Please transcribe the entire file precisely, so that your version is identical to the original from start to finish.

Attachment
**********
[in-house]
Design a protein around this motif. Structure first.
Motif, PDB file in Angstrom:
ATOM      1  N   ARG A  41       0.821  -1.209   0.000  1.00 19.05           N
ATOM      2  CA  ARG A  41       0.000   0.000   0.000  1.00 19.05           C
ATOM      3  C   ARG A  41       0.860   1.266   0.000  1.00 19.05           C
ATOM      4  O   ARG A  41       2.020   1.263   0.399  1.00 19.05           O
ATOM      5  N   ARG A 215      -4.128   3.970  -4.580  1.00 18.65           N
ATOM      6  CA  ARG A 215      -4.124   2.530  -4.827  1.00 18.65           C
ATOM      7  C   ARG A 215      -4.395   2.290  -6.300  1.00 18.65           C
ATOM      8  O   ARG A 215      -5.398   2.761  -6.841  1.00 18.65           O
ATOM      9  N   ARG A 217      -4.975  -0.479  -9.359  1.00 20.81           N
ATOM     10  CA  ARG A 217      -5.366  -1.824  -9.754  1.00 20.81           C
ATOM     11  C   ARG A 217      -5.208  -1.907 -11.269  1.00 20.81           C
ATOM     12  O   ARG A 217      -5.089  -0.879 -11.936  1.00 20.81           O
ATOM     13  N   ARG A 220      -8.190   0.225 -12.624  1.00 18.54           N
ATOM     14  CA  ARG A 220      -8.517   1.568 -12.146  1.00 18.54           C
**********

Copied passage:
[in-house]
Design a protein around this motif. Structure first.
Motif, PDB file in Angstrom:
ATOM      1  N   ARG A  41       0.821  -1.209   0.000  1.00 19.05           N
ATOM      2  CA  ARG A  41       0.000   0.000   0.000  1.00 19.05           C
ATOM      3  C   ARG A  41       0.860   1.266   0.000  1.00 19.05           C
ATOM      4  O   ARG A  41       2.020   1.263   0.399  1.00 19.05           O
ATOM      5  N   ARG A 215      -4.128   3.970  -4.580  1.00 18.65           N
ATOM      6  CA  ARG A 215      -4.124   2.530  -4.827  1.00 18.65           C
ATOM      7  C   ARG A 215      -4.395   2.290  -6.300  1.00 18.65           C
ATOM      8  O   ARG A 215      -5.398   2.761  -6.841  1.00 18.65           O
ATOM      9  N   ARG A 217      -4.975  -0.479  -9.359  1.00 20.81           N
ATOM     10  CA  ARG A 217      -5.366  -1.824  -9.754  1.00 20.81           C
ATOM     11  C   ARG A 217      -5.208  -1.907 -11.269  1.00 20.81           C
ATOM     12  O   ARG A 217      -5.089  -0.879 -11.936  1.00 20.81           O
ATOM     13  N   ARG A 220      -8.190   0.225 -12.624  1.00 18.54           N
ATOM     14  CA  ARG A 220      -8.517   1.568 -12.146  1.00 18.54           C